Friday, January 12, 2007

Guantanamo again

Just a couple more things 'celebrating' the detention camp's fifth anniversary...

In the Financial Times: Guantánamo inmates ‘driven insane’:
Jonathan Hafetz, an attorney for the Brennan Center for Justice at New York University School of Law, says the five years of the Bush administration’s detention policy and related practices may have “done more to reverse 200 years of democracy than any other government act in US history”.

In The Nation: Gitmo Turns Five:
Guantánamo should not be viewed in isolation but as part of a larger regime fundamentally at odds with American law and values. The detention system at Guantánamo operates according to the same fundamental principles that led to Jose Padilla's three-and-a-half-year imprisonment, without charge, in a South Carolina naval brig under conditions so horrific that Padilla may no longer be competent to stand trial.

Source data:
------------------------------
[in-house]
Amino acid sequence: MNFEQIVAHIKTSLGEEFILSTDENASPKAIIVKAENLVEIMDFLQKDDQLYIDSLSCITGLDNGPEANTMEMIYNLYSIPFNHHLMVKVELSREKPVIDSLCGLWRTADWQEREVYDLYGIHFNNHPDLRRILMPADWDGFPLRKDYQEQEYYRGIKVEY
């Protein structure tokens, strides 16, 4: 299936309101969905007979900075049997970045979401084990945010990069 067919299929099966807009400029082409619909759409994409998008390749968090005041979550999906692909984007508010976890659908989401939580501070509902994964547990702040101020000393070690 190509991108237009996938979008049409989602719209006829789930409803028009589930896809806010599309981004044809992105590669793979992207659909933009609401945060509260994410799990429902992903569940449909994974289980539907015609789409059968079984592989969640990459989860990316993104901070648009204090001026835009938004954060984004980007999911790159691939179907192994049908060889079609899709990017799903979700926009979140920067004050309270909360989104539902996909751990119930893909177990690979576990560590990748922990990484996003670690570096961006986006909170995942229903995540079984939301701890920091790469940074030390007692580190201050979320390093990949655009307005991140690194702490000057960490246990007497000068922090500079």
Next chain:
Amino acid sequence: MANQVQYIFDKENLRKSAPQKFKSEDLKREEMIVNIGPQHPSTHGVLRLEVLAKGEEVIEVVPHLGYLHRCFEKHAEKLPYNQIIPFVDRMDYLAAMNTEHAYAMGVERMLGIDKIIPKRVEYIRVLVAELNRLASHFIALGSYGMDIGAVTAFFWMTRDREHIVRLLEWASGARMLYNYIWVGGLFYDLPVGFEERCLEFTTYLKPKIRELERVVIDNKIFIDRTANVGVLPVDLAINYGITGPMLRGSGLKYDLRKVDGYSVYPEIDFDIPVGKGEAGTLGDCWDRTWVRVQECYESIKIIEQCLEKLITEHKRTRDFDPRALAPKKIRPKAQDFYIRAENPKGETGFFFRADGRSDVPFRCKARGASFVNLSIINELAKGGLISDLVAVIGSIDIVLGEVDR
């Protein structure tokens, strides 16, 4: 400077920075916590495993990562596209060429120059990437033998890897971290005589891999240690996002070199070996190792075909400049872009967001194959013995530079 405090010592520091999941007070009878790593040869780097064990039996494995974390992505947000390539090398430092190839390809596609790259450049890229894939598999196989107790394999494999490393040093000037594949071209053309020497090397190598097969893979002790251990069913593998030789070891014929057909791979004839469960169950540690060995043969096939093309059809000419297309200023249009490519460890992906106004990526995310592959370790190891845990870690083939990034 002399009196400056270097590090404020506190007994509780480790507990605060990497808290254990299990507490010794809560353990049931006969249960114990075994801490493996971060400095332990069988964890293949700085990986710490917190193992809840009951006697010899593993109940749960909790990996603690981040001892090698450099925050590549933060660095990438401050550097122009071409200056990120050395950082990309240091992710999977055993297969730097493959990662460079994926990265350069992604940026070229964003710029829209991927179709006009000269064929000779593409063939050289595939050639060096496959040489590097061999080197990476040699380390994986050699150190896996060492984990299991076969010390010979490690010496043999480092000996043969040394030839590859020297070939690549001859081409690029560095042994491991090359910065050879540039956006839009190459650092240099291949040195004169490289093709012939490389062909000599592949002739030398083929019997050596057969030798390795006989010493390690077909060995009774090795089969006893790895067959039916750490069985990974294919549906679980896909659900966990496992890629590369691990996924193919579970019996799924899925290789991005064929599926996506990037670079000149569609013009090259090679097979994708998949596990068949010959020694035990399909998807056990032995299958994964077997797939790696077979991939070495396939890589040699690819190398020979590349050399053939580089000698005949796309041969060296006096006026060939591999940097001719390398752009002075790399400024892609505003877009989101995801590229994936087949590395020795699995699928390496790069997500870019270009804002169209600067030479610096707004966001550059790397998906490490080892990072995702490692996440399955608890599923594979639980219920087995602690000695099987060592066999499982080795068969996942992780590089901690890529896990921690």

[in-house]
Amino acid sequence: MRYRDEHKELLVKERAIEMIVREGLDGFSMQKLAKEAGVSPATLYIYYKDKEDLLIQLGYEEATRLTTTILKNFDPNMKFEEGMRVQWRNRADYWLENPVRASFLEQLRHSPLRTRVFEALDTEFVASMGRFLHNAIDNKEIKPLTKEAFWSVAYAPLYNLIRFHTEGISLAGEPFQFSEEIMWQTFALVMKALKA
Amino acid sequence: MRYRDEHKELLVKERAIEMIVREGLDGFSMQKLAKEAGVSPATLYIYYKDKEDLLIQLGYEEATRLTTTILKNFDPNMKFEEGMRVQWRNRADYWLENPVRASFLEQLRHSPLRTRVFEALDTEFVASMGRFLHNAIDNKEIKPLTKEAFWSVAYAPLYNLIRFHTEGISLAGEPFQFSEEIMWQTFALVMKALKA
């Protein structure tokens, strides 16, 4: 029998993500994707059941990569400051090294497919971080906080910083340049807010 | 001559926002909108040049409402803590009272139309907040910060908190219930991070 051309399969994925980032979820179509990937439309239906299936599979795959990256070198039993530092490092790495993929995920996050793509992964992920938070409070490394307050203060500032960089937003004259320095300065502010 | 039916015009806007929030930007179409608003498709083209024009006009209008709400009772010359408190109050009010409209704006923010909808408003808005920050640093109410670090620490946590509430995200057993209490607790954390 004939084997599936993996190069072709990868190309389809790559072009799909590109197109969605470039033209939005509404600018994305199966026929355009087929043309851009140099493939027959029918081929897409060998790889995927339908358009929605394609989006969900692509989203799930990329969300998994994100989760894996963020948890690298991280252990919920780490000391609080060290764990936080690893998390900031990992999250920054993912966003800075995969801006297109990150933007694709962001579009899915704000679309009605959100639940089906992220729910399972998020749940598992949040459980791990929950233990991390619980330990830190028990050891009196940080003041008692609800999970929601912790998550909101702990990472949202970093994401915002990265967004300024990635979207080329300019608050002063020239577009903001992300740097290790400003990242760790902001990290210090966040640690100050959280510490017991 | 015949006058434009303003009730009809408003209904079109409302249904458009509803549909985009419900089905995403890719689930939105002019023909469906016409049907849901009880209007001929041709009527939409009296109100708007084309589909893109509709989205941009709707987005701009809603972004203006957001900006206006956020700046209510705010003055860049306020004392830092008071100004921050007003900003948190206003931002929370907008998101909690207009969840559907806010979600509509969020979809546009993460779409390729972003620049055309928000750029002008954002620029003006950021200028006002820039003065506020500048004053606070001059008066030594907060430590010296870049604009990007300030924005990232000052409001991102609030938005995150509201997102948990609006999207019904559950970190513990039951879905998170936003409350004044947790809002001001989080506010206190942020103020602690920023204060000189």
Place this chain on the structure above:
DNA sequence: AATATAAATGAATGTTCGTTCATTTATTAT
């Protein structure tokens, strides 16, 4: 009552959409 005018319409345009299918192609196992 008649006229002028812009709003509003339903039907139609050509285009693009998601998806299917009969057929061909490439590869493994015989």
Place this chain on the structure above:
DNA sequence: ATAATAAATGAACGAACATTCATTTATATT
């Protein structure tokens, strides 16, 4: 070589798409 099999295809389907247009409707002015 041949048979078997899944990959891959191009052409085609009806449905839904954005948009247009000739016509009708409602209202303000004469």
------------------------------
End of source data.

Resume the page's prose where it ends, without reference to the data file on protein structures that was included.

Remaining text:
...As they seek to repair the damage and recast the future, America's leaders should look beyond the last five years at Guantánamo and remember the commitment to justice that made this country great for more than two centuries. The question is not whether America should imprison terrorists. It is whether America will treat all accused persons consistently with its Constitution and values.

(links via Cursor)


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